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Independent nurse medication provision: A mixed method study assessing impact on patients' experience, processes, and costs in sexual health clinics

Research output: Contribution to journalArticlepeer-review

Adam Black, Molly Courtenay, Christine Norton, Bryony Dean Franklin, Trevor Murrells, Heather Gage

Original languageEnglish
Pages (from-to)239-251
Number of pages13
JournalJournal of Advanced Nursing
Volume78
Issue number1
Early online date15 Oct 2021
DOIs
Accepted/In press2021
E-pub ahead of print15 Oct 2021
PublishedJan 2022

Bibliographical note

Funding Information: This study was funded by the National Institute for Health Research (NIHR) Integrated Clinical Academic Programme (project reference CDRF‐2013‐04‐052) as part of a Clinical Doctoral Research Fellowship. The views expressed are those of the authors and not necessarily those of the NIHR or the Department of Health and Social Care. This article represents independent research supported by the NIHR Imperial Patient Safety Translational Research Centre and the NIHR Health Protection Research Unit in Healthcare Associated Infections and Antimicrobial Resistance at Imperial College in partnership with Public Health England (PHE). The views expressed are those of the author(s) and not necessarily those of the NHS, the NIHR, PHE or the Department of Health and Social Care. 1, 2, 4 3 Publisher Copyright: © 2021 John Wiley & Sons Ltd

King's Authors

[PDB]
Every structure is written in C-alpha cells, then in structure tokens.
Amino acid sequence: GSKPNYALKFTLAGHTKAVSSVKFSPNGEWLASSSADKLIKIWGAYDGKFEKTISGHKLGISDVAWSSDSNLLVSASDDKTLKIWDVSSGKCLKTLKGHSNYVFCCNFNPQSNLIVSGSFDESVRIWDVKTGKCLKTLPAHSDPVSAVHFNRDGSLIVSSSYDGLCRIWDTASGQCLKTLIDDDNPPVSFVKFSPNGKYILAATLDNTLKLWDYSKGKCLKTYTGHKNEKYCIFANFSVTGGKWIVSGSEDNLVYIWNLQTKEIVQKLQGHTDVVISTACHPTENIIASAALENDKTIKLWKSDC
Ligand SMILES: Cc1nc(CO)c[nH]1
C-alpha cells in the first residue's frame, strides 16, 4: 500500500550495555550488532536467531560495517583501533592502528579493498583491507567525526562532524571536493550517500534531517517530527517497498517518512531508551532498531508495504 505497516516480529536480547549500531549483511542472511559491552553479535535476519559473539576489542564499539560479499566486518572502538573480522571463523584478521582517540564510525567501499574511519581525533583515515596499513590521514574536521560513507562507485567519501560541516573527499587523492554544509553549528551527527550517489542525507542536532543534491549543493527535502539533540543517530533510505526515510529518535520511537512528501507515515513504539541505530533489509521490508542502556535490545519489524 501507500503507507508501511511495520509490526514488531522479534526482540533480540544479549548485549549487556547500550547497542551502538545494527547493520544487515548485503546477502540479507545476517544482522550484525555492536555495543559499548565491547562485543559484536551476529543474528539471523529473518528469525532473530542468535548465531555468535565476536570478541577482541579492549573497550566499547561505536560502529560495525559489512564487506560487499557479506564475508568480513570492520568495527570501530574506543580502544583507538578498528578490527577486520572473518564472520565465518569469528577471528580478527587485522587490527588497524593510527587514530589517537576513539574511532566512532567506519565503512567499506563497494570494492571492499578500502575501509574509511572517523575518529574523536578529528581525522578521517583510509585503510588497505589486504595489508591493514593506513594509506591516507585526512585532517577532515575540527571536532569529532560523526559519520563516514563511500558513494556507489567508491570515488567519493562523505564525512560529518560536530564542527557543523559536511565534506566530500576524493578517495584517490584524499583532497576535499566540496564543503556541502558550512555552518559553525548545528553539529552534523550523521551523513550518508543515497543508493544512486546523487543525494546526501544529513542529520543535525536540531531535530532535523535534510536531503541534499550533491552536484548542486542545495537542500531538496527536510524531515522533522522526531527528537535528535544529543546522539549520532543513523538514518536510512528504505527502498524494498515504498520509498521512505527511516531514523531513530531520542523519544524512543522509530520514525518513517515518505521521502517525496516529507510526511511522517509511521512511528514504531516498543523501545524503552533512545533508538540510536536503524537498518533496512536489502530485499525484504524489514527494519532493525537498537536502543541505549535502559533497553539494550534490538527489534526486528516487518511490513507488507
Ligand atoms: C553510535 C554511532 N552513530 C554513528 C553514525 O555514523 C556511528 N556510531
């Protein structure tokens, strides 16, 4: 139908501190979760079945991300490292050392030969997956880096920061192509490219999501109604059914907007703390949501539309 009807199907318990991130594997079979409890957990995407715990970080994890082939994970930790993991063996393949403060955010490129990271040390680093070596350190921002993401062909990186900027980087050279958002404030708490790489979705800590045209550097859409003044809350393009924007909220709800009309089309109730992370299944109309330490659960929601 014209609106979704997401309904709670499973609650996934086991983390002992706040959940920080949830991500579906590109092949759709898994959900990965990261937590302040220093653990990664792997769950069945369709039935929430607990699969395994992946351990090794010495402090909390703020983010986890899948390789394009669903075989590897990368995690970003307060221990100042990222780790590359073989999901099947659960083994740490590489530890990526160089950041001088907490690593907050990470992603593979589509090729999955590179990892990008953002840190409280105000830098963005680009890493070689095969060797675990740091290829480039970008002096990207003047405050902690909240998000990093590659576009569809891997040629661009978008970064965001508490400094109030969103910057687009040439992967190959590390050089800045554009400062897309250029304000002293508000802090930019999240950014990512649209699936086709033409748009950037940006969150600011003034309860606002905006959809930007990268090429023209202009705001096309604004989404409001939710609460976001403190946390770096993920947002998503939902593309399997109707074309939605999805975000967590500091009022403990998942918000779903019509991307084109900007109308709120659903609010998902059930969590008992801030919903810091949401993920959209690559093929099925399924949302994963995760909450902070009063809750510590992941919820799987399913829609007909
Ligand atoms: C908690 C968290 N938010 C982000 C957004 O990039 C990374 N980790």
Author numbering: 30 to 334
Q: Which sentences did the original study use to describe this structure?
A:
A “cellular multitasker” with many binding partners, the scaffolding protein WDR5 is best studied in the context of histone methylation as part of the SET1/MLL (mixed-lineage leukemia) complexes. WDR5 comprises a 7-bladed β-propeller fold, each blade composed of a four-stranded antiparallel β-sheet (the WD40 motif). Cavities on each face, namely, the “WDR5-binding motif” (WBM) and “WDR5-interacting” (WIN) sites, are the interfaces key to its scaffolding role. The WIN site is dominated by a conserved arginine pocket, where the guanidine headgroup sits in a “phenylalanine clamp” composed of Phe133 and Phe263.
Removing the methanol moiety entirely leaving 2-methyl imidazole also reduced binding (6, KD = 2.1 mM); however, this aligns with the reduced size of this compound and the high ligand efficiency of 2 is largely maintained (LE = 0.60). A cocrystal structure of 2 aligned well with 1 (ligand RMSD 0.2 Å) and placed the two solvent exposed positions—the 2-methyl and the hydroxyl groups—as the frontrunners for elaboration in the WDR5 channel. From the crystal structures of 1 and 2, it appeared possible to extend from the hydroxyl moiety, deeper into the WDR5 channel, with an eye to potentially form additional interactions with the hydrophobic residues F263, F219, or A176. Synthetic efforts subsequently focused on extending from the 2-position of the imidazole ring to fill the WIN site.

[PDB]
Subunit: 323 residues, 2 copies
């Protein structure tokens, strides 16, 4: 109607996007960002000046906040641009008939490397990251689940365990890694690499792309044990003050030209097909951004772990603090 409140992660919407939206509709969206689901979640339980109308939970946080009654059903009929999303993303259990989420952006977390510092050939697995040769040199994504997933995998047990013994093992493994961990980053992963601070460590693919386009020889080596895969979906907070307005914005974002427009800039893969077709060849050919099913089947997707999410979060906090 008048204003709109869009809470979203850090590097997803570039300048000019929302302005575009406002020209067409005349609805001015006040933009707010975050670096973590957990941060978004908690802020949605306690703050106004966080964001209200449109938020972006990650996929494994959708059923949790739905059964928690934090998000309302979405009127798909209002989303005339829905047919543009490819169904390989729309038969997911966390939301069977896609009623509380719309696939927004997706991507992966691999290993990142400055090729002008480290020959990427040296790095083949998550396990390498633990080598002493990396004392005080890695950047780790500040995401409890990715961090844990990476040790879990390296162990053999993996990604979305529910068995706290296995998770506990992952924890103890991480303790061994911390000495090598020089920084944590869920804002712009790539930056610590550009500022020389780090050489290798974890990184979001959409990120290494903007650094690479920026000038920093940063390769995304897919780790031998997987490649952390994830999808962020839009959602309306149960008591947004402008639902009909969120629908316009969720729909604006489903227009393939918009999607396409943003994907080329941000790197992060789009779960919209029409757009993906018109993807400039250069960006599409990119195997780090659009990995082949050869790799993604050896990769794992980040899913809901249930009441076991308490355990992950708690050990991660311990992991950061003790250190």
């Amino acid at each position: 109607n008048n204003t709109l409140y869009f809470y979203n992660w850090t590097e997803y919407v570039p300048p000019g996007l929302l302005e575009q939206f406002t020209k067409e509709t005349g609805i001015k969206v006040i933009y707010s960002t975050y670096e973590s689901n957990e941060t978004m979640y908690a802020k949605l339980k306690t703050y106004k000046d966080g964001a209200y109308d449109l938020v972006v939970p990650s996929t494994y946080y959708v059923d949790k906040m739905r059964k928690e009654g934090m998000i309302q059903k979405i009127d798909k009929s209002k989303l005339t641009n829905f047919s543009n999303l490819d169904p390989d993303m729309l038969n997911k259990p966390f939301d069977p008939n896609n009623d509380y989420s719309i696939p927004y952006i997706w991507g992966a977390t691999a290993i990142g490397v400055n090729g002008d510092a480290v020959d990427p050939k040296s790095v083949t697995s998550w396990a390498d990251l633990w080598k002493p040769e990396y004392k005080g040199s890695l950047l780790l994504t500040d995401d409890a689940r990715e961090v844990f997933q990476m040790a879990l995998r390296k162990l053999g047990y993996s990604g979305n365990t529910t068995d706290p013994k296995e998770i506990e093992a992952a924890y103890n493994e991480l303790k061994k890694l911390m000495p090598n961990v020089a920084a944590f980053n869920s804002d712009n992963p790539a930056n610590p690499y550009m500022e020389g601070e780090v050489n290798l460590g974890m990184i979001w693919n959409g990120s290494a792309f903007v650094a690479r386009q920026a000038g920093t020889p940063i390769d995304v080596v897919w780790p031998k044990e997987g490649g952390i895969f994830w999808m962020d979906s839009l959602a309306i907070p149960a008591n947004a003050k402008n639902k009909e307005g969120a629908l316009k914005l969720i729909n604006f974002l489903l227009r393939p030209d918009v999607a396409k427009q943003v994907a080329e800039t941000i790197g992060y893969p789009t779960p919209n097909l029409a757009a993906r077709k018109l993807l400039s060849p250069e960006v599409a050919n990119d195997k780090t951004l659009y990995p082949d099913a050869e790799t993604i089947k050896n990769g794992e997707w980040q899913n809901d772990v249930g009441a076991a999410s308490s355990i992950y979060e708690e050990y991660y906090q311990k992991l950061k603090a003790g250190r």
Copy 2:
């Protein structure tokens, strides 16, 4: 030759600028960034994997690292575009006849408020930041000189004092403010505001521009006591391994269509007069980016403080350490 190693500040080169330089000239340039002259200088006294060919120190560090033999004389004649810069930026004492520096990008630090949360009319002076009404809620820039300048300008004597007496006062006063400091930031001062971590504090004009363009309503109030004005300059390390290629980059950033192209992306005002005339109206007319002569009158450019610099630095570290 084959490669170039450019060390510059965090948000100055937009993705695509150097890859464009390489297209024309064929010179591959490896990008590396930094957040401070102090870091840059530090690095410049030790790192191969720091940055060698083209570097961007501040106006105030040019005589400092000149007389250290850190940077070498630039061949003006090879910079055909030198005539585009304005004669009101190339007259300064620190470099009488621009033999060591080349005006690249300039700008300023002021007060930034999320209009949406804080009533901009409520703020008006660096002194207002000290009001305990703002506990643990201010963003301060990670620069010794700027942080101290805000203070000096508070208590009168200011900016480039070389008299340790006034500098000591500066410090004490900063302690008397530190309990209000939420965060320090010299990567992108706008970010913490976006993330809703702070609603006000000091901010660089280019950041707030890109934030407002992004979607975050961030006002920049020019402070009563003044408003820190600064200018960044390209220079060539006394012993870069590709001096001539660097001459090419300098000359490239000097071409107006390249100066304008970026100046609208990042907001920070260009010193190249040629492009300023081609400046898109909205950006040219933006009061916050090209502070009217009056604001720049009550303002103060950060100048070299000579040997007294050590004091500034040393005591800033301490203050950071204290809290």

Abstract

BACKGROUND: Local services in the United Kingdom National Health Service enable autonomous provision of medication by nurses, supporting individual nurses to gain prescribing qualifications or by introducing local patient group directions.

AIM: To compare nurse prescribing and patient group directions about clinic processes, patients' experiences, and costs from the perspectives of providers, nurses, and patients.

DESIGN: Mixed methods, comparative case study in five urban sexual health services in the United Kingdom.

METHODS: Data were collected from nurse prescribers, patient group direction users and their patients July 2015 to December 2016. Nurse questionnaires explored training (funding and methods). Nurses recorded consultation durations and support from other professionals in clinical diaries. Patient notes were reviewed to explore medication provision, appropriateness and safety; errors were judged by an expert panel. Patients completed satisfaction questionnaires about consultations and information about medications.

RESULTS: Twenty-eight nurse prescribers and 67 patient group directions users took part; records of 1682 consultations were reviewed, with 1357 medications prescribed and 98.5% therapeutically appropriate. Most medication decisions were deemed safe (96.0% nurse prescribers, 98.7% patient group directions, Fisher's Exact Test p = .55). Errors were predominantly minor (55.6% nurse prescribers, 62.4% patient group directions) and related to documentation omissions (78.0%); no patients were harmed. Consultation durations and unplanned re-consultations were similar for both groups. Nurse prescribers sought assistance from colleagues less frequently (chi-squared = 46.748, df = 1, p < .001) but spent longer discussing cases. Nurse prescribing training required more resources from providers and nurses, compared with patient group directions. Nurse prescribers were on higher salary bands. Patient satisfaction was high in both groups (>96%).

CONCLUSIONS: Nurse medication provision by both nurse prescribers and patient group direction users is safe and associated with high patient satisfaction; effects on clinic processes and costs are similar. Undertaking the prescribing qualification involves independent study but may bring longer-term career progression to nurses.

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